Why Facebook’s News Feed Change To Show Less “Public Content” Is Actually a Good Thing
When Mark Zuckerberg said that he wanted to “fix Facebook” in 2018, no one predicted that he would make such a big change so quickly.
12 days into the new year, Zuckerberg and company dropped what might be the biggest Facebook News Feed update in years (particularly for brands).
Quite understandably, the future of Facebook for marketers and brands is uncertain.
Here’s what’s happening with the Facebook News Feed and why I think it’s a good thing for both Facebook and for brands long-term.
Facebook News Feed Changes
This isn’t the first time Facebook has made a big change to the News Feed to focus on friends and family over brand content.
This time around, however, it feels a bit more real.
In the January 11th press release from Adam Mosseri — Facebook’s Head of News Feed — wrote one line that will most certainly impact how we approach Facebook marketing from here on out.
“We will prioritize posts from friends and family over public content, consistent with our News Feed values”
Instead, Facebook will begin to focus on prioritizing posts that spark conversations and meaningful interactions between people.
Notice the words “between people” there.
The Facebook algorithm will attempt to predict which posts users might be most likely to interact with friends about, and show those higher in the news feed.
Posts that spark conversations, shares, reactions, and comments will be the holy grail of content on Facebook moving forward.
On the other end of the spectrum, public content (content from publisher and business Pages) may see their reach, video watch time, and referral traffic decrease.
A dim outlook for brands and businesses, until Adam writes,
“Pages whose posts prompt conversations between friends will see less of an effect”
In other words, Pages creating content (posts) that people engage with and share with their friends will not be negatively impacted.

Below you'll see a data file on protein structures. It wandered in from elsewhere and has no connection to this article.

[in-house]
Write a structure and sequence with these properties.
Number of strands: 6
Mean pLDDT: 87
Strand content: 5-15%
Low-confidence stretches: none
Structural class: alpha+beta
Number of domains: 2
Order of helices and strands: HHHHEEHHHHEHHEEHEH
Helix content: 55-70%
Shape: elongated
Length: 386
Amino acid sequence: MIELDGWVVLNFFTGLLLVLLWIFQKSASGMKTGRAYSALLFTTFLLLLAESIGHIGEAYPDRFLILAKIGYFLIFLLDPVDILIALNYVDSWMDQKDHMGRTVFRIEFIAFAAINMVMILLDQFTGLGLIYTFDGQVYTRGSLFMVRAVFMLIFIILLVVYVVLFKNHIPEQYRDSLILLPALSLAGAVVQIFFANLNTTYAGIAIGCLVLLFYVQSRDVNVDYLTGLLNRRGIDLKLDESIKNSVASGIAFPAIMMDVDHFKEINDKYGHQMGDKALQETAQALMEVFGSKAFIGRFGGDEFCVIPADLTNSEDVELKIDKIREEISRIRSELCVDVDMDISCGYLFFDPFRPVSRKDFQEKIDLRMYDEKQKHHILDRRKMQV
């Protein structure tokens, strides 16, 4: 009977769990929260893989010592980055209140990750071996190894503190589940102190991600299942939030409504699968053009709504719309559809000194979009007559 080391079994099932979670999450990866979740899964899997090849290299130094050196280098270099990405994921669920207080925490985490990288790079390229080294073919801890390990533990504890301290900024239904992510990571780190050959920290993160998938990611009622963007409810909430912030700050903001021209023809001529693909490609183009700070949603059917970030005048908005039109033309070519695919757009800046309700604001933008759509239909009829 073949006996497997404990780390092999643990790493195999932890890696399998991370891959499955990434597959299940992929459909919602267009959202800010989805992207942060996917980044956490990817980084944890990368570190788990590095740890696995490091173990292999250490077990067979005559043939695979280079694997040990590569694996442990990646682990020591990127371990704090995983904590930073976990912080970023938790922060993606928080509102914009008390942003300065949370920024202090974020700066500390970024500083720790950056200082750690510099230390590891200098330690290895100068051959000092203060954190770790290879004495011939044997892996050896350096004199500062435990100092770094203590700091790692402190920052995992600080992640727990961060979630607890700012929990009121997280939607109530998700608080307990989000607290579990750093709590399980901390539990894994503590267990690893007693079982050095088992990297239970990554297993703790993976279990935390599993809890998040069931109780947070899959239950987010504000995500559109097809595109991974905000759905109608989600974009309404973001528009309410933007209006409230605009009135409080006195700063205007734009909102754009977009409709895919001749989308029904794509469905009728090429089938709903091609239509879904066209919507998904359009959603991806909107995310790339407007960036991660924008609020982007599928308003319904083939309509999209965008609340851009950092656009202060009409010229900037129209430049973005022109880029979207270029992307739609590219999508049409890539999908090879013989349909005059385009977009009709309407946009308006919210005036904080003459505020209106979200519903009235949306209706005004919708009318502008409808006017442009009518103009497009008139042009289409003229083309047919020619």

While Pages creating content that people don’t engage with will see the biggest decreases in results.
Which leads me to my extremely (and quite possibly irrationally) positive outlook on this new Facebook News Feed change.
Why Showing Less “Public Content” Is A Good Thing
This isn’t the end for brands. In fact, it’s just the beginning of a huge opportunity.
Working for Buffer, a social media SaaS company, and being in social media for more than six years, I truly want to see brands succeed on social media.
When brands win, it’s a win for everyone.
New products are in the hands of consumers. Information is shared. Great content helps to inspire action.
An Opportunity to Stand Out
Now, more than ever, brands are going to have a real opportunity to stand out on social media.
Facebook is specifically saying — we’ll reward you if you create content that people actively, not passively engage with — actively meaning commenting, reacting, and sharing.
While brands that are not creating this sort of content, will see their numbers decrease.
An Opportunity to Up Your Game
How do you create content that people actively engage with?
You must carefully and thoughtfully consider everything you are creating for social media.
Ask yourself: Will this make people want to react, comment, and share?
One important thing to keep in mind is that a lot of brand content is really good. Facebook will not stop showing their content in the news feed.
Emulate those brands’ strategies. Figure out what’s working for them.
What are other brands creating that is allowing them to thrive in this Facebook environment?
An Opportunity to Experiment
All that’s left is content. But that’s all there ever was!
Brands will succeed by accepting this Facebook News Feed change and tackle it head on through the willingness to experiment with new content.
In the press release, Mosseri writes,
“Live videos get six times as many interactions as regular videos, on average. Many creators who post videos on Facebook prompt discussion among their followers”
We’ve talked about Facebook video a lot on the Buffer Podcast and it has never been more important than now. Honing in on your video skills will allow your content to stand out. Plus, it’s a great way to spark conversation.
Mosseri also mentioned the importance and impact of Facebook Groups — stating that, in Groups, people often interact around public content.
Groups are going to be a important factor moving forward in your Facebook marketing strategy.
I’d love to hear what you think about the latest change to the Facebook News Feed.
Am I being too optimistic here?
Or, is this a major opportunity afoot? What do you think brands can do to help tackle these challenges head on?
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